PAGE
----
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The Finnish-Russian Civic Forum strives to promote cooperation between the peoples of Finland and Russia by supporting civic initiatives for democracy, human rights, and freedom of speech.



Adam Osmayev: Framed, Tortured, Extradited


A court in Ukraine has decided to extradite a Chechen man accused of plotting to assassinate Russian President Vladimir Putin. Adam Osmayev, who was arrested in March 2012, would be handed over to the Russian authorities within a month. Meanwhile, Mr Osmayev has released the following open letter:



Finland Deported Tortured Chechen to Russia


Finnish police deported a Chechen asylum seeker to Russia on Thursday. He is yet another case where immigration authorities in EU countries have refused protection to people who have full reason to fear for their safety in their country of origin. The man was deported to the very country whose authorities tortured him and threatened his family members.


Musa: Survivor of Chechen Meat Grinder


The Finnish webzine, Fifi, ran an interview with Musa, a Chechen refugee living in Finland. Below, an abridged translation of Jussi Förbom’s original article:

Finnish director Mervi Junkkonen’s documentary film, After Life – Four Stories of Torture, is an excruciating, maddening, and beautiful plea in defence of torture victims. One of the film’s main characters is Musa, who escaped the Chechen meat grinder. He wishes that the viewers of the film appreciate the importance of freedom and understand that the conflict in Chechnya is not over. One day, he hopes to be able to tell his son about his experiences under torture.


“I do not have the moral right to be afraid”

On 6 May 2011, Mary Robinson, president of the Mary Robinson Foundation, presented the annual Front Line Award to the Joint Mobile Group of the Russian Federation for their outstanding work investigating torture and disappearances in Chechnya despite the serious risks. The Award was presented to Igor Kalyapin, founder and President of the Joint Mobile Group, at the Award ceremony in Dublin's City Hall.

Presenting the Award, Mrs Robinson said: "The work of the Joint Mobile Group is an inspirational example of how committed individuals, despite all the pressures that are brought to bear on them, can hold the line in defence of justice, truth and the rule of law. It is the denial of access to justice that enables tyrants to prevail. This is why the work of human rights defenders like the Joint Mobile Group is so important."


Committee Against Torture Wins Prize


The Parliamentary Assembly of the Council of Europe (PACE) has awarded its 2011 Human Rights Prize to Russia’s Committee Against Torture in recognition of the organisation’s role in assisting victims of serious human rights abuses. The prize honours “outstanding civil society action in the defence of human rights in Europe.”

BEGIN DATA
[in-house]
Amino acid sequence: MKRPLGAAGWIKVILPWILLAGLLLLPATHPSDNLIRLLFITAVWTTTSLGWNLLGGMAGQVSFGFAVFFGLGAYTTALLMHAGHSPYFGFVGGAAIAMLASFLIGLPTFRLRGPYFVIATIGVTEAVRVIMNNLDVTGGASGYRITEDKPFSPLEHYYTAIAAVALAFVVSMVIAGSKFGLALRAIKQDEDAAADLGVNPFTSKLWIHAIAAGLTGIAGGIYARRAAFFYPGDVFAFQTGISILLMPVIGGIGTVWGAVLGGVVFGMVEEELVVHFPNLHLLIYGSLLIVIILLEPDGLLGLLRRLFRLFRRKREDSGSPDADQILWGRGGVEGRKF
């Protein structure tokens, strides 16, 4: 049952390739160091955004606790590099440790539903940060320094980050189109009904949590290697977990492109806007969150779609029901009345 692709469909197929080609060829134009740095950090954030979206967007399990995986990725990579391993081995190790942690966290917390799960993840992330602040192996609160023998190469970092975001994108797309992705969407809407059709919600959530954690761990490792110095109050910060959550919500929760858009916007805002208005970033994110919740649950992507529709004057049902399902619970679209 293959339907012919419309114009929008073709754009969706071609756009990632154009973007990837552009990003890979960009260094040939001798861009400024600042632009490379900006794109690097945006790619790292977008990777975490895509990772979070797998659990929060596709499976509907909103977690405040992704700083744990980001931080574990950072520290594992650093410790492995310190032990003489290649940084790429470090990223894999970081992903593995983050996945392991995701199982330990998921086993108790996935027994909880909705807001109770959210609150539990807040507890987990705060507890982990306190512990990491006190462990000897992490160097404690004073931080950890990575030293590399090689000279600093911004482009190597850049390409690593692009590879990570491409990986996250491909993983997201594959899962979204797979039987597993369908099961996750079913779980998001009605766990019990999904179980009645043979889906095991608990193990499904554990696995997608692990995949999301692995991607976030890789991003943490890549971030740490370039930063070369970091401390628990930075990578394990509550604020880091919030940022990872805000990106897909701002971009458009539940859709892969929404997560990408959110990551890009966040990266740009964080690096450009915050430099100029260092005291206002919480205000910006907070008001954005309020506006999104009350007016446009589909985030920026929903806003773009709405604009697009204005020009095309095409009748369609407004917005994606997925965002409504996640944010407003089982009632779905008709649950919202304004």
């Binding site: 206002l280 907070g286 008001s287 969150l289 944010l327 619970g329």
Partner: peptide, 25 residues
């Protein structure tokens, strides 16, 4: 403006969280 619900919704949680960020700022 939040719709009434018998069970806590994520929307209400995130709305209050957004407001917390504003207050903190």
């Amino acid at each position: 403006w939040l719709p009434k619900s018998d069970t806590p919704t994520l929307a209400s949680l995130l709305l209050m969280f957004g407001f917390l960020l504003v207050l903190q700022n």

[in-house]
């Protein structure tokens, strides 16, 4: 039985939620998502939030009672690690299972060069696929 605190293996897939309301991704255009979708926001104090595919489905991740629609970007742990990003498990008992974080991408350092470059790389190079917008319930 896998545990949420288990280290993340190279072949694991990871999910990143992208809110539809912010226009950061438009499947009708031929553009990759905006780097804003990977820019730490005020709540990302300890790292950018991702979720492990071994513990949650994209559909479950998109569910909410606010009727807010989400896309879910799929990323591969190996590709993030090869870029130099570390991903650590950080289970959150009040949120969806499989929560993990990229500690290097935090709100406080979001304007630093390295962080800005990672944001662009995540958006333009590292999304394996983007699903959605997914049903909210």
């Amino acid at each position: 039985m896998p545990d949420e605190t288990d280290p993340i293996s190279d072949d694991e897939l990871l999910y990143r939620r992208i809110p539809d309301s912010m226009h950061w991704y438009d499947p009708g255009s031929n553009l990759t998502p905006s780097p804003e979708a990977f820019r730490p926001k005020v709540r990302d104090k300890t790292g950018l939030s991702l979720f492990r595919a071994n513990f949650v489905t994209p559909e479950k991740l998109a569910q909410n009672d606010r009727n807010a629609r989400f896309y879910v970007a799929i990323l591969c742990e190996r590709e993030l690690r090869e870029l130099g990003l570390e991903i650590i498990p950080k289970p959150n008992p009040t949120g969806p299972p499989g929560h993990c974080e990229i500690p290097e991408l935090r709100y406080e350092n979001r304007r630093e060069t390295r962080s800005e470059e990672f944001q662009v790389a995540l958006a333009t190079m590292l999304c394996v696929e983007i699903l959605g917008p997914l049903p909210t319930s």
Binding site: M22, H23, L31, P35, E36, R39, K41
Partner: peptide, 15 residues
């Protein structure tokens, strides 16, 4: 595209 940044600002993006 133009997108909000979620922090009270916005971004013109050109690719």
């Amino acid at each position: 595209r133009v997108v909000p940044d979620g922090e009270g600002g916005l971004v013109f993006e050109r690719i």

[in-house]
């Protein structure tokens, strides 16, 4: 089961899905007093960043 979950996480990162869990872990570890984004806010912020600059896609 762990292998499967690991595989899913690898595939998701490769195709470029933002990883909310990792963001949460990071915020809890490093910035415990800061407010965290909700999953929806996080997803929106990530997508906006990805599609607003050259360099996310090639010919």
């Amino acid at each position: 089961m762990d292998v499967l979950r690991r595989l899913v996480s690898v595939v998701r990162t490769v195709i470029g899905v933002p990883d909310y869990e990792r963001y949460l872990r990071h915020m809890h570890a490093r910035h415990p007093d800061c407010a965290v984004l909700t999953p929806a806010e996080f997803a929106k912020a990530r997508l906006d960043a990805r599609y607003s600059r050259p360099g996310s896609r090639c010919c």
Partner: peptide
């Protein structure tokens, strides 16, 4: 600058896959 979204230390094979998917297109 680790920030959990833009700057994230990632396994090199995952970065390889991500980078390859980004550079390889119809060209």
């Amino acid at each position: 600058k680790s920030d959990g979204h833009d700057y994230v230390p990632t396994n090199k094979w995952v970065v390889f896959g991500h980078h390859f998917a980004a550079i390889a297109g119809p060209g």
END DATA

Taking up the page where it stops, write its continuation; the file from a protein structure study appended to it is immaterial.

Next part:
A panel, which included leading figures from the world of human rights, recommended the Committee Against Torture from among ten individuals and organisations nominated for the prize, praising its “effective independent investigations” alongside official state investigations, especially in Russia’s war-torn Chechnya.


Elena Maglevannaya will not give up


The Russian freelance journalist and human rights activist, Elena Maglevannaya, who has applied for asylum in Finland, continues her work at the refugee reception centre in Joutseno, on the Finnish-Russian border.

Maglevannaya has been waiting for a decision on her asylum application for over a year now. If the Finnish immigration authorities grant her asylum, Maglevannaya vows to continue writing about human rights violations in Chechnya.

“It is impossible for me to return to Russia; that would be a death sentence,” says Maglevannaya. She has finally received an invitation to a hearing at the Finnish Immigration Service, where she will have an opportunity to recount her reasons to apply for asylum.

“I am excited, but I have great trust in the European system. Here in Finland, there is rule of law. I have often been in a situation where law has no meaning or it does not exist at all,” Maglevannaya says.


Russian human rights defender jailed for five years


A Russian human rights defender has been jailed for five years in a high security penal colony on charges of theft and robbery amid fears that he may have been targeted for his human rights work. Aleksei Sokolov, who campaigned against torture and corruption in law enforcement agencies, was sentenced by a court in the Sverdlosk region of Russia.

Aleksei Sokolov’s lawyers said there have been a series of violations of criminal procedure in the handling of his case. He is going to appeal against the verdict. According to Sokolov's lawyers, the court based its verdict solely on the statements of the co-accused in this case who are already serving prison sentences for other crimes.

Aleksei Sokolov is founder and head of the Russian human rights organisation Pravovaya Osnova (Legal Base) which campaigns against torture and ill-treatment of detainees in Russia. Legal Base brought about several investigations against law enforcement officers on allegations including the use of torture to coerce suspects to "confess."

Aleksei Sokolov rose to prominence after he publicised and distributed a film about torture and other ill-treatment in a temporary holding centre in Yekaterinburg. The film which received international attention, led to the closure of the centre. He has also investigated possible corruption in some law-enforcement agencies in Yekaterinburg.